• WA- you are spot on re: high taxes = economic booms. Ike’s era is proof of that.

  • stevesturm

    WA and cosmoetica: it’s ridiculous to say that taxes are irrelevant to the economy. I challenge you to find a single economist – liberal or conservative – who will agree.

    Shaun: tell me how raising taxes during wartime would have helped all those people you profess to be sorry for. What economic theory holds that talking more money out of people’s pockets makes it easier for them to afford the necessities of life?

    Oh, I always get a kick of your labelling as partisan those who disagree with your partisan rantings. That you every now and then acknowledge that the Dems are not perfect doesn’t make you the epitome of moderateness.

  • AustinRoth

    OK, for those who have to see black clouds everywhere, lets also not forget that unemployment is currently 4.4% (extremely low) (, inflation is 2.78% (also very low) (, and average wages have gone up in nearly every sector over the past 12 months (, and so on.

    Home foreclosures are a result of the housing bubble, which was driven by the sub-prime lending market, not the general economy. That the government was lax in oversight of THAT industry is undeniable, IMO, and therefore does bear a large portion of the blame.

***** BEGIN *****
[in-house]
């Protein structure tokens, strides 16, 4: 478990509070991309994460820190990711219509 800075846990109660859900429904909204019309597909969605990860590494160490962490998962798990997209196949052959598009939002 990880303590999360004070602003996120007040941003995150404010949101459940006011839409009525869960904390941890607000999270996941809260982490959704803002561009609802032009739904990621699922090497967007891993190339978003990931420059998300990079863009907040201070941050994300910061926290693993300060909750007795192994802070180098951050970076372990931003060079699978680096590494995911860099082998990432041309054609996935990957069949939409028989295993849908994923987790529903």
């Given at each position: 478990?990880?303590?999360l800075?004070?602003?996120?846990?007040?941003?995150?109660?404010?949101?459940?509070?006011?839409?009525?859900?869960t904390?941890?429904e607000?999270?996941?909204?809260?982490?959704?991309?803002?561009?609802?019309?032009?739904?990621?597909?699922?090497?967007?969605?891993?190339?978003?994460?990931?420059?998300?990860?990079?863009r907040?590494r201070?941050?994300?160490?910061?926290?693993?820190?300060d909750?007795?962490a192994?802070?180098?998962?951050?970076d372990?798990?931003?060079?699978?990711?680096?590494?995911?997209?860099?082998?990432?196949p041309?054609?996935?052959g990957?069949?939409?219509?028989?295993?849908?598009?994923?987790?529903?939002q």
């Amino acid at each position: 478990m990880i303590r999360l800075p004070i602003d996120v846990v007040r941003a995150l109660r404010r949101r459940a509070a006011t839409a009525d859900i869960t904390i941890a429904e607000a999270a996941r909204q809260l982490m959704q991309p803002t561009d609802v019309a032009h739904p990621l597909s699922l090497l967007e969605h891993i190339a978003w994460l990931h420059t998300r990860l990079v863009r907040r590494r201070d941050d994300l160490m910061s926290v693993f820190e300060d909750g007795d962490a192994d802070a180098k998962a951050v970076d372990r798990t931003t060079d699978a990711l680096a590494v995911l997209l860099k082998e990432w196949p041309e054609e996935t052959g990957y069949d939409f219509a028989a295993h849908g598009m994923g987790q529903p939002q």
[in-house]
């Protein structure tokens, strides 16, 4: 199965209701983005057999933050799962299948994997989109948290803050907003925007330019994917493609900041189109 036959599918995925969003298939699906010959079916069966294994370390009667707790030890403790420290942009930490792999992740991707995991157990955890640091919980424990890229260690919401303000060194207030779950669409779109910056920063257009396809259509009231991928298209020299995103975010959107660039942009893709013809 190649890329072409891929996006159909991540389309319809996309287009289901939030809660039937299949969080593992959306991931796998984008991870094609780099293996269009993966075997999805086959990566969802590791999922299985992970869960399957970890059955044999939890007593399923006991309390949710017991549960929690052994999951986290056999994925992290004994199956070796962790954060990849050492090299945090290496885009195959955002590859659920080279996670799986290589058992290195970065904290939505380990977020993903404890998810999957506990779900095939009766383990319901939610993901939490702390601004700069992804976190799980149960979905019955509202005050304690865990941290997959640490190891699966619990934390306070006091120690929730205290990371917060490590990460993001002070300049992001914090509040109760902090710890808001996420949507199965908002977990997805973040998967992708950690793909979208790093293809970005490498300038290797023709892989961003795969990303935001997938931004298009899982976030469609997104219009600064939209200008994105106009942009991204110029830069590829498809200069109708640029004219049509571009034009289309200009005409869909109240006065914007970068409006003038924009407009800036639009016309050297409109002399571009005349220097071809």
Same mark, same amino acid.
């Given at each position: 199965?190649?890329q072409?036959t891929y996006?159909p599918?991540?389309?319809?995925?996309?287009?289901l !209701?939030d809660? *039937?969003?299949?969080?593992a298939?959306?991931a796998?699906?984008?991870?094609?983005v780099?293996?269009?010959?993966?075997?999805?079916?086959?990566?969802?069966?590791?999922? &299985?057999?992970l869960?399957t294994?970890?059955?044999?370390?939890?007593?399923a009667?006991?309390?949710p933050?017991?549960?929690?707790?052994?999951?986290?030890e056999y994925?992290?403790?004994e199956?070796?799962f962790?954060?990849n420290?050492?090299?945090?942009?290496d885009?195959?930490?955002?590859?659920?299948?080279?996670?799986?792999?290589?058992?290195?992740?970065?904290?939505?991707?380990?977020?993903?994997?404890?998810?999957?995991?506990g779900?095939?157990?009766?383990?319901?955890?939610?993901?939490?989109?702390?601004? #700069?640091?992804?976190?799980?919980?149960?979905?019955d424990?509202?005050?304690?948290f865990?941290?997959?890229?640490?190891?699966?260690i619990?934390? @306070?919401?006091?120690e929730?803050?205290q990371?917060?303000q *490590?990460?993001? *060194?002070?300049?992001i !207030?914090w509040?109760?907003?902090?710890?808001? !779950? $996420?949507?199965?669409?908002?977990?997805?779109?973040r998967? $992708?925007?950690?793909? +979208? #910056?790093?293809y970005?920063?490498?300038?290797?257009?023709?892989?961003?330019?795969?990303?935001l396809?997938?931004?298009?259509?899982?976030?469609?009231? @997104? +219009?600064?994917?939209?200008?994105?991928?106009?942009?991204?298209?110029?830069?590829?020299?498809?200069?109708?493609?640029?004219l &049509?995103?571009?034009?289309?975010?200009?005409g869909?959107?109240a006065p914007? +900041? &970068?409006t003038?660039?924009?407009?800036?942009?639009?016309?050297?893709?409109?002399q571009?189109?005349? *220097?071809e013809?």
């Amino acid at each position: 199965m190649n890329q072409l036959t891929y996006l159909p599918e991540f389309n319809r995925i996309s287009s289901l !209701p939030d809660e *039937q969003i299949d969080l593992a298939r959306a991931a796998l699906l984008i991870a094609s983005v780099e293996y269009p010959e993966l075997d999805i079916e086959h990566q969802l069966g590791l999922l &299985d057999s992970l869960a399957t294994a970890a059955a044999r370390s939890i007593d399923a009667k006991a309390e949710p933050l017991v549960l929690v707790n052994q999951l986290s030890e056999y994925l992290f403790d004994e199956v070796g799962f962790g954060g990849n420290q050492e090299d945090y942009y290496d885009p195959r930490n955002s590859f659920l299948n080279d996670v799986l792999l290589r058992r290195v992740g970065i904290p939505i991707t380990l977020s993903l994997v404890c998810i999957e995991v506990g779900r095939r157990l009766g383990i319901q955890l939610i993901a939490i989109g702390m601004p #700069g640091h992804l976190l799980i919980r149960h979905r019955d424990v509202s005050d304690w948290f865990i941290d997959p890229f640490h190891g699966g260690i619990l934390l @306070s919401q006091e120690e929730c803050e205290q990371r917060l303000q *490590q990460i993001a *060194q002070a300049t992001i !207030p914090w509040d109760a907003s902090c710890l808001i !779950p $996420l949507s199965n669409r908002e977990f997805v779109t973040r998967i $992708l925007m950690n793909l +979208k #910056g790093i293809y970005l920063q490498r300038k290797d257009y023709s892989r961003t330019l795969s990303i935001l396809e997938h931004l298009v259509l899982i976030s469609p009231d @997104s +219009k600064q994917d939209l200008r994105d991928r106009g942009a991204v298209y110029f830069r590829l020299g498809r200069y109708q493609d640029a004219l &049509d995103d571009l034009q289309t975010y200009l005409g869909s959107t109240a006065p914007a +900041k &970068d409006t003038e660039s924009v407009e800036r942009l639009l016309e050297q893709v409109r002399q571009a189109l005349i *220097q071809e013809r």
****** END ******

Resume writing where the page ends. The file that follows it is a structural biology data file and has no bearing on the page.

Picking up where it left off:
But those who borrowed well beyond their means, those who speculated (similar to the tech stock boom of 97 – 00), and those companies that were obviously not following prudent fiscal responsibility and encouraging people to borrow beyond their means are the real proximate cause of this issue.

    I also blame Congress, and Bush, for the current consumer credit crisis. The chickens have come home to roost from the bankruptcy reform laws that took effect in 2005. It was a weak-willed Congress, along with the complicity of the White House, that allowed THAT travesty to be foisted on the American public.